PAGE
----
Summary: (from my library’s catalog) A bear tries to catch a fly with disastrous results.
I like this book because: It’s a book we would likely not see published today, which is a shame. Kids understand how one family member’s distractions, weaknesses, and faults affect the whole family and may well be able to identify, and also see the foolishness and humor in obsessions. The illustration style is still highly attractive and effective today. I also love the handy size: 5.5”x7”
Resources/Activities: Study wordless picturebooks; how do artists what to draw to move a story forwards and create a page turner without text?; consider other solutions for this family – how could this story have ended differently? Watch the video at the bottom of the post.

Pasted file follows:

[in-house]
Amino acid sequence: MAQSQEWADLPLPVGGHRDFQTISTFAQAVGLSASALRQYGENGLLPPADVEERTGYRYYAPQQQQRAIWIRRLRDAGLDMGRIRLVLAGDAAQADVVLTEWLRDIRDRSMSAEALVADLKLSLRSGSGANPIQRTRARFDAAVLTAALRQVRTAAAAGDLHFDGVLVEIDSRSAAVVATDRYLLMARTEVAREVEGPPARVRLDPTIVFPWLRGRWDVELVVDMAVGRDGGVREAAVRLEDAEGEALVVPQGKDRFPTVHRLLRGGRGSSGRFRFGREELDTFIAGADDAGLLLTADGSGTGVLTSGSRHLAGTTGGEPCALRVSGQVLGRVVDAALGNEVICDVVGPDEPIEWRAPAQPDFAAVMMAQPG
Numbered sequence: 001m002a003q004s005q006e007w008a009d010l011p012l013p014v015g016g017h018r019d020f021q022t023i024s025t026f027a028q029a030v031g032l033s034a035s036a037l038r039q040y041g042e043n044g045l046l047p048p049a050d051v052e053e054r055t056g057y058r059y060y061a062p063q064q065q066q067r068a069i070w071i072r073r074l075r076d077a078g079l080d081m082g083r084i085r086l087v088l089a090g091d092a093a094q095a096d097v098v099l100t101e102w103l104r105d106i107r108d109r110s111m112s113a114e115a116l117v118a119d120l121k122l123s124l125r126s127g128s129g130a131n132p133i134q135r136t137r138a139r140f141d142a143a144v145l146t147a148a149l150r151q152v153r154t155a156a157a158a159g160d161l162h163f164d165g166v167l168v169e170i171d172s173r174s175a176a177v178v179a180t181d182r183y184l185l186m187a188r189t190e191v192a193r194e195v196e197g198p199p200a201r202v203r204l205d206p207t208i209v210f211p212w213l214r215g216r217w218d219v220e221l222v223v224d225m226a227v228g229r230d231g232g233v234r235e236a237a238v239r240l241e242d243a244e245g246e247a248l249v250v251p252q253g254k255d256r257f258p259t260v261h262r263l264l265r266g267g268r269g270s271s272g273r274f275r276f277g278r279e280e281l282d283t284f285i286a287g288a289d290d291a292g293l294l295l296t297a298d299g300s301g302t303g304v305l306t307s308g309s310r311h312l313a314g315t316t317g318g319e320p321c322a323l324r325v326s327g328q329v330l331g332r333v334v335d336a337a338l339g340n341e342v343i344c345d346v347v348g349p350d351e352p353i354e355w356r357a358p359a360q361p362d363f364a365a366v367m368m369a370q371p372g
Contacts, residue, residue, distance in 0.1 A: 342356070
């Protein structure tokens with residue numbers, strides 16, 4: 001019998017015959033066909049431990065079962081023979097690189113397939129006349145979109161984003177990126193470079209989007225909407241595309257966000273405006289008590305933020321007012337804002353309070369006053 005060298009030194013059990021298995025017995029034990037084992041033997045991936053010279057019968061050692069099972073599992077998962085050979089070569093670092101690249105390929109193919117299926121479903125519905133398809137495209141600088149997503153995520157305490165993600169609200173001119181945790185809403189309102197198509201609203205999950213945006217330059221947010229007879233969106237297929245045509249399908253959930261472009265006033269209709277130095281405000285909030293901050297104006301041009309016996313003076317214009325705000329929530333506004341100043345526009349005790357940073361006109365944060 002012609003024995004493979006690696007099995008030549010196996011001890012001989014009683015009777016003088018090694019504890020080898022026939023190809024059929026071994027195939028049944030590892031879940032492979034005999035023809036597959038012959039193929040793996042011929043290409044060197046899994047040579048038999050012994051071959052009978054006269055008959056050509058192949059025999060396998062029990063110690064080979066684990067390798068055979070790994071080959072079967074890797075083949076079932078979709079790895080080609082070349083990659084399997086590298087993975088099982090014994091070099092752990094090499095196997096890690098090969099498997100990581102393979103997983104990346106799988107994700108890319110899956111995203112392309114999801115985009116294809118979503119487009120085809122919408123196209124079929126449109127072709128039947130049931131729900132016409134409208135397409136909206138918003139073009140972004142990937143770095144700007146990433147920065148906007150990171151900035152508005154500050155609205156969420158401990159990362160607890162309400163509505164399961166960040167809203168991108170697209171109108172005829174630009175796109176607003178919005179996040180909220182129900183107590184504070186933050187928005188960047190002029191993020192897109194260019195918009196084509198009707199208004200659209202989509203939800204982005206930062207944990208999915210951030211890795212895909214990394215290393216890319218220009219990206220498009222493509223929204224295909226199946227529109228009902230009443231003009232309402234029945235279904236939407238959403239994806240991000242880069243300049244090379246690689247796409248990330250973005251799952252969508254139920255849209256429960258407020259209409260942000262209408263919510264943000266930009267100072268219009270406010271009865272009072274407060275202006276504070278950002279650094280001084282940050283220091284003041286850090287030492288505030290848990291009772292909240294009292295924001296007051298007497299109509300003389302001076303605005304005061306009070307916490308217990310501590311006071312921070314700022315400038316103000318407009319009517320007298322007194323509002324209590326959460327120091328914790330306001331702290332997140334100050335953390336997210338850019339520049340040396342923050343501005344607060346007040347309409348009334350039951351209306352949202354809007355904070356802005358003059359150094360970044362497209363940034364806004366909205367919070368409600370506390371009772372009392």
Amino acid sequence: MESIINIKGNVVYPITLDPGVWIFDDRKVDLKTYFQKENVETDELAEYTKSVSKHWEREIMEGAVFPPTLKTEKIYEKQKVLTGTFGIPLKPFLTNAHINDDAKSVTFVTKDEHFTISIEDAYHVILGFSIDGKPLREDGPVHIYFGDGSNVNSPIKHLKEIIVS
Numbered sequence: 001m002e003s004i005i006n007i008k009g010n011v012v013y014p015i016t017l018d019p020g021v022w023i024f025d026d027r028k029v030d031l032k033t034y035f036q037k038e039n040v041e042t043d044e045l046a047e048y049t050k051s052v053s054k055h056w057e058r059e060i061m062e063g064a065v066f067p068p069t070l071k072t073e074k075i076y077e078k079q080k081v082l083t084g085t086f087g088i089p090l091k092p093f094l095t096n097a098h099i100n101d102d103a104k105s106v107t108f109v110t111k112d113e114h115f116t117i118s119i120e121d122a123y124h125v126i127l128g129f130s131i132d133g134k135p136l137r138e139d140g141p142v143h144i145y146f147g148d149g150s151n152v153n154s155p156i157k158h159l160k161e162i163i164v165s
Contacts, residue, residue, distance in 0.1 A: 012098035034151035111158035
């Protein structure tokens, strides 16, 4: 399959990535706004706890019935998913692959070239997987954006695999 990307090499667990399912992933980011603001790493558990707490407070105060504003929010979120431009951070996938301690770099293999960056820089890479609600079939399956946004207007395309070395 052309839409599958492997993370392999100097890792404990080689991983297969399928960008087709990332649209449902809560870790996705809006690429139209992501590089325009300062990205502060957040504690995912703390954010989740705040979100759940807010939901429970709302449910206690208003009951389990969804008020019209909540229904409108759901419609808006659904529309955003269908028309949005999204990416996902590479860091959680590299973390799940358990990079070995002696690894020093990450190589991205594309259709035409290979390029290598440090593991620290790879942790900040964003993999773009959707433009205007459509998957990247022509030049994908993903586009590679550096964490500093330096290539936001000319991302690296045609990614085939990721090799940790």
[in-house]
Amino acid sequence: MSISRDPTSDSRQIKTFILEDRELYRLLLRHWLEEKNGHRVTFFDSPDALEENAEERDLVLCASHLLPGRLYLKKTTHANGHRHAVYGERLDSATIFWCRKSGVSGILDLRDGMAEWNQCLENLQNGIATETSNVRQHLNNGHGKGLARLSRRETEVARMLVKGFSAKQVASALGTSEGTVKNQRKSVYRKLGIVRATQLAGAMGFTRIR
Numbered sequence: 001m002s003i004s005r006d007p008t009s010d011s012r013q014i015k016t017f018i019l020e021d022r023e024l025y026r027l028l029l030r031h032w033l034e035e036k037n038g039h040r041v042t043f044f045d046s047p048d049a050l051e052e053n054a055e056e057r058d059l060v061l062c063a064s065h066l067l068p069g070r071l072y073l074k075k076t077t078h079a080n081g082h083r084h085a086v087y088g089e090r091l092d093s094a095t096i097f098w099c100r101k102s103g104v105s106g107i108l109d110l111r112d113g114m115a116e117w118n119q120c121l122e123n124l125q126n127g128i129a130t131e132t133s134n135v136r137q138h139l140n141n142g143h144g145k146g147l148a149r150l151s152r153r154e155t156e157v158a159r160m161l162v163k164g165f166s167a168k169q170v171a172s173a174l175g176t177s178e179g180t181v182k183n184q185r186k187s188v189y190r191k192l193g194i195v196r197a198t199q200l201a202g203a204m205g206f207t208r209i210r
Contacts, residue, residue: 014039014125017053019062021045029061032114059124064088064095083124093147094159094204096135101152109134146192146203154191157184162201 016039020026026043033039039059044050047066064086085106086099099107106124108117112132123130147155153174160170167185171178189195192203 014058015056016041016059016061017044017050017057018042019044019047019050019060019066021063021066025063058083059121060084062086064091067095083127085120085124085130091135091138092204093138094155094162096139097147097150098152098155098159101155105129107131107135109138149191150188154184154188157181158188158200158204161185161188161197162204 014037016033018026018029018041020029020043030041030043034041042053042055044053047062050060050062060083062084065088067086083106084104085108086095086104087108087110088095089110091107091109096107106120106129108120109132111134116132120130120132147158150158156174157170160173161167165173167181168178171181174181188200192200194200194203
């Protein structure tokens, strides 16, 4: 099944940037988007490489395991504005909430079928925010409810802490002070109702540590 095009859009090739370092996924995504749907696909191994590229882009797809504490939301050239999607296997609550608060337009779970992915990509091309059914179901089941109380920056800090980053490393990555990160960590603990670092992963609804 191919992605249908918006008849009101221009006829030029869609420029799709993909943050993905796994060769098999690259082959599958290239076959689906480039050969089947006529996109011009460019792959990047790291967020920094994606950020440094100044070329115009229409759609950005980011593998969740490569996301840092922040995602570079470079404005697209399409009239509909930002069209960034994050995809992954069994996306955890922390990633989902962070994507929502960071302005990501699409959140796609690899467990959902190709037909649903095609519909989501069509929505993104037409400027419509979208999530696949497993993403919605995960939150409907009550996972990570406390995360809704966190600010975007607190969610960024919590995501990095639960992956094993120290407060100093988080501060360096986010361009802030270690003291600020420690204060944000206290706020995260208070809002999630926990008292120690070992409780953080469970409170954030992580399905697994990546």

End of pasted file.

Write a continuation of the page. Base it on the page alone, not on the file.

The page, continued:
Author/Illustrator: Anthony Browne Publisher: Candlewick, 2014, reissue (originally by Hamish Hamilton Children’s Books, 1988) Ages: 3-7yrs Themes: bears, drawing, imagination Opening:Bear went for a walk. Summary: (from my library catalog) As Bear walks in the forest, with pencil in hand, he meets several grumpy forest dwellers and knows just what to do for them.
I like this book because: I know Anthony Browne’s work, I love Anthony Browne’s work. With a passion! But I had NO IDEA this was his artwork when I picked the book off the shelf and started reading it. NO idea until I got to the LAST page. Almost like deja vu! Possibly a nod to Harald and the Purple Crayon, but with a simplicity and a charm all it’s own!
Resources/activities: draw something you imagine would change the mood of persons or things you encounter on a walk, ride, or drive – maybe from your path to/from school.
For more PPBF selections including resources and activities, go to Susanna Hill’s blog: HERE